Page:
images-1Cursive writing appears to be a dying art. The Sunday papers today in Germany report that cursive writing is being taught less and less in schools –  in its place, the more functional print writing is favoured. In facts, it is up to schools to decide if they want to bother to teach it at all. And they mainly now decide for the simpler and often clearer print script.

One of the legacies of my early years in India, is the cursive handwriting which was drilled into me, and for which I am now thankful. My english schoolmates had only just begun to grapple with ‚joined-up writing‘ as I entered primary school life. And from what I can see from current correspondence with my contemporaries, many chose not to adopt it in later life. Judging from the school work that I often see my mother marking at home, cursive writing is nowadays more of an exception than a standard. And apparently, even in India it has long stopped being the norm. Which leads me to conclude that it is a generational change. But not necessarily one that we should be happy about.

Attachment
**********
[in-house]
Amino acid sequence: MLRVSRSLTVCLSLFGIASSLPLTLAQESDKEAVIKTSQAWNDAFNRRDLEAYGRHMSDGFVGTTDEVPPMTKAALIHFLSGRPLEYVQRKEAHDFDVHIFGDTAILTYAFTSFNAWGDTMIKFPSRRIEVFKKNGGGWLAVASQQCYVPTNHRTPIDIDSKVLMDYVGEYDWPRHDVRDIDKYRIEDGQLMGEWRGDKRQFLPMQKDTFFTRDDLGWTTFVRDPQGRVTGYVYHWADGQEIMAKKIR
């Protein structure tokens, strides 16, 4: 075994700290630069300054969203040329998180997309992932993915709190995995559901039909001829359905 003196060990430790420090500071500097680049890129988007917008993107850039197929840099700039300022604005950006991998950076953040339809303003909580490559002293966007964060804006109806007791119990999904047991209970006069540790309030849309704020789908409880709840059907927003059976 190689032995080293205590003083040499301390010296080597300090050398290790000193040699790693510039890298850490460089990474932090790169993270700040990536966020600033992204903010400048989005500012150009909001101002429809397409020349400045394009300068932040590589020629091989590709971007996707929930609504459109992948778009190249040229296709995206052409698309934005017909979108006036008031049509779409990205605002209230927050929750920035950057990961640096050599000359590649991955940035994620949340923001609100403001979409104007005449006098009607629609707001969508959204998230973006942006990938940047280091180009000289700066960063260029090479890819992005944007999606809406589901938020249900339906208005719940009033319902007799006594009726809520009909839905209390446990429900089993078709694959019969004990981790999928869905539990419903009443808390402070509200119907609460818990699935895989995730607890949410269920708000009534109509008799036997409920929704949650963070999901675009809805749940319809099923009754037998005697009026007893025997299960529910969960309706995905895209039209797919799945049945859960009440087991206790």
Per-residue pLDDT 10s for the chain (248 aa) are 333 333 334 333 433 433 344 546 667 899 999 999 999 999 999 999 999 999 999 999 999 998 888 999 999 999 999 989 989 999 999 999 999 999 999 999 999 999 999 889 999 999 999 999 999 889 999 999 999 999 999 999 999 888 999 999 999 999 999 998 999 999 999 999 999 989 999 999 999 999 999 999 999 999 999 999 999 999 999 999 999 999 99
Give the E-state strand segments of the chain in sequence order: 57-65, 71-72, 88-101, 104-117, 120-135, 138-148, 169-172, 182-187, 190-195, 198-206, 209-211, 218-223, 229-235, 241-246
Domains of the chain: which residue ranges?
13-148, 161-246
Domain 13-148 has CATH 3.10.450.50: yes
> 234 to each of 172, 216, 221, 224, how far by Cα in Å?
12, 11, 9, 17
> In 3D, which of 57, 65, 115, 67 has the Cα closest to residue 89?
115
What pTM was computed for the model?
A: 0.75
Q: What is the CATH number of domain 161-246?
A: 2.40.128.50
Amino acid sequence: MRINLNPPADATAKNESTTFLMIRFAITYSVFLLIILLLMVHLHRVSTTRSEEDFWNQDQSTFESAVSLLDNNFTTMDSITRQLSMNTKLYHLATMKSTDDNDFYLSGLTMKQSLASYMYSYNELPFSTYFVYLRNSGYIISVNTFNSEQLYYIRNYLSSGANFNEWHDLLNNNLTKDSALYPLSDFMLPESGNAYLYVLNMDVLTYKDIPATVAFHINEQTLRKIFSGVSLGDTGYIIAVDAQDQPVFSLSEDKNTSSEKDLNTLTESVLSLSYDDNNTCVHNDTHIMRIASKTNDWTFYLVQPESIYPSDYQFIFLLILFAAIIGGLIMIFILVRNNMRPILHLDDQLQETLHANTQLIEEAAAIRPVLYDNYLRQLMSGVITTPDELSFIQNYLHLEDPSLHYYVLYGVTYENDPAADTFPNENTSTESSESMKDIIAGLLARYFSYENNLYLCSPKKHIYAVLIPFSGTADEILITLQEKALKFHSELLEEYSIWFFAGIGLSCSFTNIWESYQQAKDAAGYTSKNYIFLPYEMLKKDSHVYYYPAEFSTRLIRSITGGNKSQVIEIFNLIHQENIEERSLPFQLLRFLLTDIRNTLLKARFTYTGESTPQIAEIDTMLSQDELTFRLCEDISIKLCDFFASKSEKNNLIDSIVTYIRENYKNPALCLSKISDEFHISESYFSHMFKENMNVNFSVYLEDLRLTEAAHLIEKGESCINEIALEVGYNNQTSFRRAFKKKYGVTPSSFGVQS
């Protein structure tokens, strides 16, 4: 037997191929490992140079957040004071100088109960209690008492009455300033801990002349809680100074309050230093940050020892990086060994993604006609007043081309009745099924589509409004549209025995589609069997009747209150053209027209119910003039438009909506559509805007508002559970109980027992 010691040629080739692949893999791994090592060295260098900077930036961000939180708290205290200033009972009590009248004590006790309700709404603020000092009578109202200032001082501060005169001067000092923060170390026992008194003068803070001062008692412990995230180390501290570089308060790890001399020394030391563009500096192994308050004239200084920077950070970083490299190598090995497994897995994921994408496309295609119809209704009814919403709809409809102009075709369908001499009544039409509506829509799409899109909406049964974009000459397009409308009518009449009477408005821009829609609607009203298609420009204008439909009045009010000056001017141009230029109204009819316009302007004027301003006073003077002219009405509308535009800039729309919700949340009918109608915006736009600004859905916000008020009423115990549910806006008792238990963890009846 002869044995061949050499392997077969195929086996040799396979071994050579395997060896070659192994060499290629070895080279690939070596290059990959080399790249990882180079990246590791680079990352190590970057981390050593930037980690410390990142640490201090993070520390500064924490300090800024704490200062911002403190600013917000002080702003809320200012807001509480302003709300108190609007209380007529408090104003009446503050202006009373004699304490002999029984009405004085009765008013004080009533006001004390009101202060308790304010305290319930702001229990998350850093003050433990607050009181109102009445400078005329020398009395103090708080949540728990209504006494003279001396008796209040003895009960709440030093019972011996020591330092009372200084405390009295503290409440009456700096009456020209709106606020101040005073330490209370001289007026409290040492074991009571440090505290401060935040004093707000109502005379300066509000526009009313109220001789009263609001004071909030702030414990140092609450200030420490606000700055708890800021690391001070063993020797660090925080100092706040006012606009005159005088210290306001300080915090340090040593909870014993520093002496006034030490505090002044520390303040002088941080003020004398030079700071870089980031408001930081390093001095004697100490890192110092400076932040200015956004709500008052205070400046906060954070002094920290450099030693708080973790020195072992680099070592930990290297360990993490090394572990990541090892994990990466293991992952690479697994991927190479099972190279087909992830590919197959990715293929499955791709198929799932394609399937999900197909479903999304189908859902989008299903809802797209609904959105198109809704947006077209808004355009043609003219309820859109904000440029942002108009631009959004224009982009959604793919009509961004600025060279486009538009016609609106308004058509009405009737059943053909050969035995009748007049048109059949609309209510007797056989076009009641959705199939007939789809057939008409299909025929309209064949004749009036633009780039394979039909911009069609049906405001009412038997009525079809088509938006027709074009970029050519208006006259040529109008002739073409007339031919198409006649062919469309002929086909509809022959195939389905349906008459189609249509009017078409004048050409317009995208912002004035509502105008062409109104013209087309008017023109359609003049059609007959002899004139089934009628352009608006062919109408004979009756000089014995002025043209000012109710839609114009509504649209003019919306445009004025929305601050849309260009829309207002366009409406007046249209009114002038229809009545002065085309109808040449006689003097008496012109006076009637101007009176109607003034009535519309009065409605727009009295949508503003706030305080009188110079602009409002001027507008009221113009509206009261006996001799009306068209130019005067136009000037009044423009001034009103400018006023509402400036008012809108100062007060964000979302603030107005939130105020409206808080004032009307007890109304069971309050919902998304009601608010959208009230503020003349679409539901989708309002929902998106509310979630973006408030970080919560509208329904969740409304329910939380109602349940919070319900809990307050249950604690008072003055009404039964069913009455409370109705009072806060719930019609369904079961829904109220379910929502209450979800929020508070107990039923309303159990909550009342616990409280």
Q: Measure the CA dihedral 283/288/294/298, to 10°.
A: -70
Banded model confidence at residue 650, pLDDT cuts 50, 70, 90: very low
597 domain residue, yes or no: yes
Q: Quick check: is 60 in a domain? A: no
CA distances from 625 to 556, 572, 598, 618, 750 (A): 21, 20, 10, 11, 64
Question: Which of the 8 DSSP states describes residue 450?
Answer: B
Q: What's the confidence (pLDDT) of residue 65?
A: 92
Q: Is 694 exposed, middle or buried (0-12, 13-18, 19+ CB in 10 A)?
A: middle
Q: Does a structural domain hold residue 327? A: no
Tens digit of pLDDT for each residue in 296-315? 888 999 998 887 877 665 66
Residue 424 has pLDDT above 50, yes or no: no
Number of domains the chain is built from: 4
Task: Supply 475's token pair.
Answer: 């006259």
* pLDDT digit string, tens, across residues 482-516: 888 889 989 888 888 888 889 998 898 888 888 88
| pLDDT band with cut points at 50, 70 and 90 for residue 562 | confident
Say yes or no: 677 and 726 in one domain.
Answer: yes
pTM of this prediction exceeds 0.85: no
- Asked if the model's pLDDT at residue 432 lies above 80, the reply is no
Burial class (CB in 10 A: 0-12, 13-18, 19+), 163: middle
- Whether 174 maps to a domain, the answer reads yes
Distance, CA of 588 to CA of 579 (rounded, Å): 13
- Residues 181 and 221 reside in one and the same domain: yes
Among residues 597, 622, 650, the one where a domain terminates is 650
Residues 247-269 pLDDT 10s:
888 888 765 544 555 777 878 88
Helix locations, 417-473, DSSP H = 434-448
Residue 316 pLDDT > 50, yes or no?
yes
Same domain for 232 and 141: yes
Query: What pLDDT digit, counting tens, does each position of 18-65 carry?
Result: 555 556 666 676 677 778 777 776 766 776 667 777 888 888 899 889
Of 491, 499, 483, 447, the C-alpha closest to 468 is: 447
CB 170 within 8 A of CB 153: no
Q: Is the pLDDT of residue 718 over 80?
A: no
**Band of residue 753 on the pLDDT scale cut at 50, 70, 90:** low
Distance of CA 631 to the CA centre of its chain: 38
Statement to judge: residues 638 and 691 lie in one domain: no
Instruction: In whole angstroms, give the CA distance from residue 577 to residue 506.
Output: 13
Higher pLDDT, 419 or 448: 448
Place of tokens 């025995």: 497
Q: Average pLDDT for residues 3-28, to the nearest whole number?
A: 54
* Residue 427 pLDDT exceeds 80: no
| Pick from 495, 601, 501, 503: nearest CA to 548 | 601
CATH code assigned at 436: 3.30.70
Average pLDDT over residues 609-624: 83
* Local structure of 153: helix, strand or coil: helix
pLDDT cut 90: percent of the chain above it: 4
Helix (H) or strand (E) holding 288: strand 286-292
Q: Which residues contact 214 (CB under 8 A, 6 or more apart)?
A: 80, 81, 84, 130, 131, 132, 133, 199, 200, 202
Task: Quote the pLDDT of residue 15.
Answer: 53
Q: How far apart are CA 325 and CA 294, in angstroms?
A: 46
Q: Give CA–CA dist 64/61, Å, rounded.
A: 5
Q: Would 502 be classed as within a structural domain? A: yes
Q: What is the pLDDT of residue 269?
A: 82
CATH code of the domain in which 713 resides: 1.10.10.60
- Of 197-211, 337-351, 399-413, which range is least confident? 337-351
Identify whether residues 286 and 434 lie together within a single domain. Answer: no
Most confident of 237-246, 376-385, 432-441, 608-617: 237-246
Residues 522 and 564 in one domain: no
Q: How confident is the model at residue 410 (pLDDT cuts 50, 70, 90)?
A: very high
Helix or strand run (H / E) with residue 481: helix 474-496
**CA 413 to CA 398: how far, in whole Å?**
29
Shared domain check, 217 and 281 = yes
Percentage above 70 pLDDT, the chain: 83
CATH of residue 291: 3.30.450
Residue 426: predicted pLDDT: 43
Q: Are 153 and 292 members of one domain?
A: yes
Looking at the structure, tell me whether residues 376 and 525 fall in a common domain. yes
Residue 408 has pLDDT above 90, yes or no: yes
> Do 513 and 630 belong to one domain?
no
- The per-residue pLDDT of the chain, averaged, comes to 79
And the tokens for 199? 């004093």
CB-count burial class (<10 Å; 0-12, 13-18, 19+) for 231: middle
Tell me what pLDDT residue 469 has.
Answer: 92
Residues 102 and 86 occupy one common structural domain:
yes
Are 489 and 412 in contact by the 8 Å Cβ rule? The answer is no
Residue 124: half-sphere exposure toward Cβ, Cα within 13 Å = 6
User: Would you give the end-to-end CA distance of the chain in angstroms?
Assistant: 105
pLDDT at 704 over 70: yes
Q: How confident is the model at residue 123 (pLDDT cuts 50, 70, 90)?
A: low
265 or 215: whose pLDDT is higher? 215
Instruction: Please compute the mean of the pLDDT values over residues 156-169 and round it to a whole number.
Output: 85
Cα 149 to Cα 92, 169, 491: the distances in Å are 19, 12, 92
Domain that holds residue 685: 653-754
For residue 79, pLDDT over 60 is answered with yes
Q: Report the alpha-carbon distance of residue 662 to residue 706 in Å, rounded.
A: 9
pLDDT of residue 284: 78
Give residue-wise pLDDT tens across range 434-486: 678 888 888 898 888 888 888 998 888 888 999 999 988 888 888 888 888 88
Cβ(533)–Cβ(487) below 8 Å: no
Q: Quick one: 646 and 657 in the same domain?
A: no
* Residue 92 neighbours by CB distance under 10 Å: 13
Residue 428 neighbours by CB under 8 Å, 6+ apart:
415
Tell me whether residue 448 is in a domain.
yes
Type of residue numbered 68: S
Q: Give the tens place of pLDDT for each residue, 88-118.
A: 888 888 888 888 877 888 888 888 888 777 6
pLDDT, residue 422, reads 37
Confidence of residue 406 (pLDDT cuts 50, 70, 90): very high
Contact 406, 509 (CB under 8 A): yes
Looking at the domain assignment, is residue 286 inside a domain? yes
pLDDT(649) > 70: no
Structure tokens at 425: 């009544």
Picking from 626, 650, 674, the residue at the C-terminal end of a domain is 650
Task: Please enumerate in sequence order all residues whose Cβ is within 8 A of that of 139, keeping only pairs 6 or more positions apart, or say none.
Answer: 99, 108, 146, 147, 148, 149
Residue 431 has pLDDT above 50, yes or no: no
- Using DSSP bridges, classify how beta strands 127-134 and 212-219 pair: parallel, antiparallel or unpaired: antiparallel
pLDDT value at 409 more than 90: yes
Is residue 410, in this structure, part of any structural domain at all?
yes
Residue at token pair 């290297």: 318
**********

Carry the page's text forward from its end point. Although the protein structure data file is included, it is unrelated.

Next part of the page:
Granted, not everyone will agree that my handwriting is at all times legible (just ask a few nurses on my ward), but I would somehow hate to loose the loops and flourishes in my hand. And in my nostalgic moments, when I sift through the stash of old letters from my husband, I gain just as much pleasure from seeing the easy flair of his penmanship as from the words themselves.